In my experience, most meeting facilitators are either too passive or too heavy-handed. I probably err more towards the latter, but over time I have learned to strike a good balance most of the time.
Being a facilitator is much more art than science, though it has elements of both. As in public speaking, a lot of things are outside the facilitator’s control, so avoid getting too worked up if things go very well or poorly during some session that you moderate.
This list is especially geared towards facilitating meetings that go on for several hours with people who do not meet together that frequently, though some of these techniques can be adapted for standing meetings with recurring agendas and regular attendees. It contains the eight of my top seventeen lessons* about effective meeting facilitation.
1. Try to get to know the people in a meeting you are facilitating before the meeting begins. Something is better than nothing; a few words before the meeting starts is not as good as an hour-long discussion a week earlier, but it is something. Even if you know the group well, try to get a sense of their overall disposition and the issues they are most concerned about (especially if related to the meeting agenda but even if it is not) going into the meeting you are leading. If they are people with any kind of public or online profile, read some of things they have written or a speech that they have given recently as part of your preparation.
2. If a particular conversation or agenda item is proving especially fruitful, let it go over time even if you want to stay on your original schedule and doing so will make that difficult. It’s worth it.
3. Figure out ways to get the people who have a tendency to dominate the meeting to listen, and those who are prone to remaining silent to speak up. Sometimes it is as simple as periodically asking the quiet ones to weigh in on whatever you are talking about, or encouraging someone privately, on a break, to weigh in.
4. During a meeting lasting one or more days, end the day with a session with a quick go around the room where every participant gets to reflect on the day, its highs and lows, its accomplishments and failures, and their own emotional state, for no more than 2 minutes each. It often works well to start with the person on either side of you and go around clockwise or counter-clockwise, ending with you, where you can both share where you are but also acknowledge and reference some of the things you have heard.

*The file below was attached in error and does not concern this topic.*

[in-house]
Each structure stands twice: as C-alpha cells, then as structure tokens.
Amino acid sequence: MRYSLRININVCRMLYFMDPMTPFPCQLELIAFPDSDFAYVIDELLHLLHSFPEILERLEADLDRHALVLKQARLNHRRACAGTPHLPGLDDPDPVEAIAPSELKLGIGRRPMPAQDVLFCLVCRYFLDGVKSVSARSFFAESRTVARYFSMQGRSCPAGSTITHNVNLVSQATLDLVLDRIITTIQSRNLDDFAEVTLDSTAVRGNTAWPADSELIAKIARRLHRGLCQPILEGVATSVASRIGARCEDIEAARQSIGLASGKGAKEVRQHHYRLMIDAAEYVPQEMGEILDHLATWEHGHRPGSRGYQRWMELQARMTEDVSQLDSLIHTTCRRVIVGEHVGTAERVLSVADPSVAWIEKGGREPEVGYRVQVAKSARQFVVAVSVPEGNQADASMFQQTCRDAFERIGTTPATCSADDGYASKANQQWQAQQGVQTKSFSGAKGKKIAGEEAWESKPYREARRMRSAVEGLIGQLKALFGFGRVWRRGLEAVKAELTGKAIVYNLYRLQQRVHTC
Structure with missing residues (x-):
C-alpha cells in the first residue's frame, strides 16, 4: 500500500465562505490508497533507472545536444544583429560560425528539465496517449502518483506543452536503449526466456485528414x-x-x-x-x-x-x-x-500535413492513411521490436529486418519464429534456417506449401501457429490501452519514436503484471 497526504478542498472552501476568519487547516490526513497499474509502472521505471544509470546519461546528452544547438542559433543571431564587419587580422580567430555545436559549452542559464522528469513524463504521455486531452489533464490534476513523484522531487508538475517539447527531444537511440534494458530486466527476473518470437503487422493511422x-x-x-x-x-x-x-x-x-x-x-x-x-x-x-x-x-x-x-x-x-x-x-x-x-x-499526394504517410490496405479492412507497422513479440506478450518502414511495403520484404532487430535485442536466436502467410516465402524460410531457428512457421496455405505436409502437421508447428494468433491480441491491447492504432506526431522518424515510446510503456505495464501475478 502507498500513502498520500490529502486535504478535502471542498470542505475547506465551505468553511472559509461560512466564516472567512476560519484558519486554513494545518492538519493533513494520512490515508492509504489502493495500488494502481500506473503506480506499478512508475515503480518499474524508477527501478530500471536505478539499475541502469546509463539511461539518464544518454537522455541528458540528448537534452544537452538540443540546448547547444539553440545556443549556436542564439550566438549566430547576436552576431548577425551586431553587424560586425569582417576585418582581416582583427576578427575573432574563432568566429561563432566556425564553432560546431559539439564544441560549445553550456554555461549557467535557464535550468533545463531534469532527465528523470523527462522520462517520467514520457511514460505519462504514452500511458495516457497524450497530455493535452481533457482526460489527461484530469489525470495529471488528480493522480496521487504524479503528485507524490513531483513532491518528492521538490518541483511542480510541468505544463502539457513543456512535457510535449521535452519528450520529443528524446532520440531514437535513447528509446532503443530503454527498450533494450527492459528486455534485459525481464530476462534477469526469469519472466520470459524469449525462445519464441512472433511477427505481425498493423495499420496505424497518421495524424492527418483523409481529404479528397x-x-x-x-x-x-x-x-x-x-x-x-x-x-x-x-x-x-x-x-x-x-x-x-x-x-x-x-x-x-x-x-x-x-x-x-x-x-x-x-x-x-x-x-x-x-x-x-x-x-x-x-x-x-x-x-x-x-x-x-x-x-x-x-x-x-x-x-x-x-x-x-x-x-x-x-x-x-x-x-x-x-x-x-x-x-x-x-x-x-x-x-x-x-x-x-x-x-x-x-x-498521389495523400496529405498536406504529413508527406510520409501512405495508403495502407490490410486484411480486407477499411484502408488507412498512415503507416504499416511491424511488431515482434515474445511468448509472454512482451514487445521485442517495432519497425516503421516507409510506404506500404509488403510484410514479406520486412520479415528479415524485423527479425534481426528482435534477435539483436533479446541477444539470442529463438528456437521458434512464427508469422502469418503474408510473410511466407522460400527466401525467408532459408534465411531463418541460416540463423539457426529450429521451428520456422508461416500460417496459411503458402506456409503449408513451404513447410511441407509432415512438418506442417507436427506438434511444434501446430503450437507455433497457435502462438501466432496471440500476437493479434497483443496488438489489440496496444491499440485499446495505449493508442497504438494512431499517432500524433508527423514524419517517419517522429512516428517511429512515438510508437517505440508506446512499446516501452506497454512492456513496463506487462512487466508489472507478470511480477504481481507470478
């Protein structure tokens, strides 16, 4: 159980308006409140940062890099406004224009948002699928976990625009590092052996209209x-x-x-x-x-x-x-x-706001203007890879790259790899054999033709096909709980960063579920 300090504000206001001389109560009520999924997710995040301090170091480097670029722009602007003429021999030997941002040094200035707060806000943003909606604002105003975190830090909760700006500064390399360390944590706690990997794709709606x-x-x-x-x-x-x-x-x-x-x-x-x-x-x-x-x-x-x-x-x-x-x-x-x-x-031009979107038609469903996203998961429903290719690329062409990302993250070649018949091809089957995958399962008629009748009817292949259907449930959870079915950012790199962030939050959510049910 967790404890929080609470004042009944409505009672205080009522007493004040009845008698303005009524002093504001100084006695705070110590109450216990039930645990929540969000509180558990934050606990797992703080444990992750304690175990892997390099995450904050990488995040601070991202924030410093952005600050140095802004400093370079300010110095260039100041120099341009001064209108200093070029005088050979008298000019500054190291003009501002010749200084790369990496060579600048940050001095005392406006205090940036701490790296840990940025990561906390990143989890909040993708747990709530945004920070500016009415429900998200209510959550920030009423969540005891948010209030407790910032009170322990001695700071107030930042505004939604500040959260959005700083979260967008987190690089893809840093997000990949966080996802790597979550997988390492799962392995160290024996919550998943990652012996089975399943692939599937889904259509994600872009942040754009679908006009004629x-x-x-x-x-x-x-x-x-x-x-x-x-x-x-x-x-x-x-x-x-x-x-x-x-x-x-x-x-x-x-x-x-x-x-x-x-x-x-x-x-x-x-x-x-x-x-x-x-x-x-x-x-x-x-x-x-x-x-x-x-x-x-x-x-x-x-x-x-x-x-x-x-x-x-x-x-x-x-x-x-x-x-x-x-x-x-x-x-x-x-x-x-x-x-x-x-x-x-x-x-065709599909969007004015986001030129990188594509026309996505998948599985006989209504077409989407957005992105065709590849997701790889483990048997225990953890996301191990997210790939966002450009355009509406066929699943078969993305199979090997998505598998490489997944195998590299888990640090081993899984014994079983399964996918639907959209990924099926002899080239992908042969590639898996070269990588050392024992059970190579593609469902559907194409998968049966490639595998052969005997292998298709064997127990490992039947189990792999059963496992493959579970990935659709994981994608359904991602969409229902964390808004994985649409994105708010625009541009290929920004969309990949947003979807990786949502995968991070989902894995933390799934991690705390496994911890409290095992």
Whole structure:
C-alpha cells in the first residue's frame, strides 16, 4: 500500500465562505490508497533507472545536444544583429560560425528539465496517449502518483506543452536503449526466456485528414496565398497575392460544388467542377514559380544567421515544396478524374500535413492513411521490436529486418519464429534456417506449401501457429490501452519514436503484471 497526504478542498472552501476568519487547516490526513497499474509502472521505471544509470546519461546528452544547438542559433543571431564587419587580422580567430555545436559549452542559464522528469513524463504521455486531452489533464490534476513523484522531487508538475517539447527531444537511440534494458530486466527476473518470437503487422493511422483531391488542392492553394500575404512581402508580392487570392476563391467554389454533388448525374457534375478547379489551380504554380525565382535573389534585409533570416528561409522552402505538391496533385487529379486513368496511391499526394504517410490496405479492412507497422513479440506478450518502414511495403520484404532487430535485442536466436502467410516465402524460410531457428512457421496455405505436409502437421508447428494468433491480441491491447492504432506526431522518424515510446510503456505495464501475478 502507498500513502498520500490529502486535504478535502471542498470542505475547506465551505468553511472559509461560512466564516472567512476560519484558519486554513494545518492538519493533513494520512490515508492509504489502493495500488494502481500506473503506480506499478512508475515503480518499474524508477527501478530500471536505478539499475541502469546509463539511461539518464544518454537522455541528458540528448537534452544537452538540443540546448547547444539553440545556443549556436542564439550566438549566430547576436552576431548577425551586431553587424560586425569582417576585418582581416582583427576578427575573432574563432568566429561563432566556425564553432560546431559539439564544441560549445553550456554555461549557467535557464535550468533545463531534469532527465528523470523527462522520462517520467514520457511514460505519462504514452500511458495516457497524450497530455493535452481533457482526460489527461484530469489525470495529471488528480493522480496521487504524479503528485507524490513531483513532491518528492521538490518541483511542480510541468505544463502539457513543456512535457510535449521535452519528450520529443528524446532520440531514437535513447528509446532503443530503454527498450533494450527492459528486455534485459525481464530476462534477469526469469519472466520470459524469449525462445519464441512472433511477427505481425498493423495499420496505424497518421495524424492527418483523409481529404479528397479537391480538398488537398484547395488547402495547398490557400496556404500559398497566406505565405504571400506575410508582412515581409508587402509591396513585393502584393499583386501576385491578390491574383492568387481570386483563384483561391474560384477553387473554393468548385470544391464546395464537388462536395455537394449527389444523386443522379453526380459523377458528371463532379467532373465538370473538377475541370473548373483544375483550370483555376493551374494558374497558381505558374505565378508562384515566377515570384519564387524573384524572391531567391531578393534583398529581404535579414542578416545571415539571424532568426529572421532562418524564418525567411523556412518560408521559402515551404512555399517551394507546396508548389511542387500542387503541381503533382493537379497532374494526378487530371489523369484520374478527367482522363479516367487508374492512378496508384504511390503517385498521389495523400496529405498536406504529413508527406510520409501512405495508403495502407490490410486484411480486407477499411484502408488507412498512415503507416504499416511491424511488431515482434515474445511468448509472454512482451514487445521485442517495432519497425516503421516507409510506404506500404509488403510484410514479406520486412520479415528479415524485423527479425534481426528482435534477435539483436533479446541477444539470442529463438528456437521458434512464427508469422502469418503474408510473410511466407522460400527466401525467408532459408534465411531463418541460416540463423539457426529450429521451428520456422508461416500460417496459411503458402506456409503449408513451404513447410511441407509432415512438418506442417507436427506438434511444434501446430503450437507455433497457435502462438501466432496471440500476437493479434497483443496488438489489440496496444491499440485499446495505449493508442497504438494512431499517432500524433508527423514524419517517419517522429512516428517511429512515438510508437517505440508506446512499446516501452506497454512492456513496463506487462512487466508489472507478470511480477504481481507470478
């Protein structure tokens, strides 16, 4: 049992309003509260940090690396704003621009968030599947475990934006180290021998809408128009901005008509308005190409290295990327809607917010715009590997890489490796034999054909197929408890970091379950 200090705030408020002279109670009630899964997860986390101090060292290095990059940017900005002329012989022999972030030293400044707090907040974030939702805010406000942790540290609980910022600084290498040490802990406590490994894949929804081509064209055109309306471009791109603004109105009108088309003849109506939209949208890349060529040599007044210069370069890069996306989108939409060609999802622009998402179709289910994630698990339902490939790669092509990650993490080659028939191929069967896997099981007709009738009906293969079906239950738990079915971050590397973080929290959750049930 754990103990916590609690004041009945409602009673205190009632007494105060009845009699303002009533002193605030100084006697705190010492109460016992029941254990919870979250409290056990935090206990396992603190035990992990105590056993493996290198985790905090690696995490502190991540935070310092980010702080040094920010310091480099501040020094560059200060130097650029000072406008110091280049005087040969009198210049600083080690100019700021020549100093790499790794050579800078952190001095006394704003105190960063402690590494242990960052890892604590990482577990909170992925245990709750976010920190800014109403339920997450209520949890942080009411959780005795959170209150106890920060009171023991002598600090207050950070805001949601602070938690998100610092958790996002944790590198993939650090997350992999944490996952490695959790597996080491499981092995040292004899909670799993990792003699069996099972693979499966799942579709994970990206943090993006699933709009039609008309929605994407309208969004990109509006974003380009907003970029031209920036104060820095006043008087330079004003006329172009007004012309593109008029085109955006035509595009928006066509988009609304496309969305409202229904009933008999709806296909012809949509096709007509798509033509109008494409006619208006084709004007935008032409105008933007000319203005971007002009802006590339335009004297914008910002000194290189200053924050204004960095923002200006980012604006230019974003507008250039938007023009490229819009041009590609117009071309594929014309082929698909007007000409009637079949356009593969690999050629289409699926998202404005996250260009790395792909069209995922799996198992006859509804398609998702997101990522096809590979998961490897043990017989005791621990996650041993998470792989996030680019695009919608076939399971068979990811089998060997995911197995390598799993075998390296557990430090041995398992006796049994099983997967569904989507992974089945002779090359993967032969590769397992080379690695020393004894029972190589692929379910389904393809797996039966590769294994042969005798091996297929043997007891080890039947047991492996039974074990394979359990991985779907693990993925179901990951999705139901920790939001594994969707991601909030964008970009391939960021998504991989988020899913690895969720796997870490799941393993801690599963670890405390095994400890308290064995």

5. Start the meeting with a mixture of formality (welcoming people), good governance (asking for approval of and any amendments to the written agenda), and context setting. A great way to set the context is spending a few minutes reflecting on the journey that the group is on together, how far they have come and what lies ahead, and what must be accomplished in the session they are beginning now. Show that you are trying to tune in to the emotional states of each participant and that you have given the meeting a lot of thought.
6. Encourage people in a group you are leading that will come together periodically to attend as many meetings as they can, and discourage people not in the group from just dropping in unexpectedly. Having an ever-changing group around the table is generally not helpful in building cohesion and a sense of team and momentum.
7. At the beginning of the meeting and then periodically throughout, thank people who are being helpful to moving the group forward, either through their preparation, the quality of their presentations, or their wise comments. This includes thanking people who are not in the room. For meetings of governing bodies, propose formal resolutions to recognize outstanding contributions and have them included in the minutes. This will help make appreciation a group habit, which will help build the trust and comfort necessary to tackle hard topics and have difficult conversations.
8. Be a fairly militant time-keeper most of the time, and tell people in advance that you will do this, as a way to be fair to the agenda items at the end. When you want to move on, ask people’s permission but don’t wait too long for them to object. Tell them at the outset that if they feel you are squelching discussion of an important topic, to speak up and you will probably change your approach in that moment.
*If you would like the entire list on this topic, send me evidence that you have bought my book Changing the World Without Losing Your Mind. If you want all 403 lessons on all the topics, send me evidence that you have bought at least three copies of the book.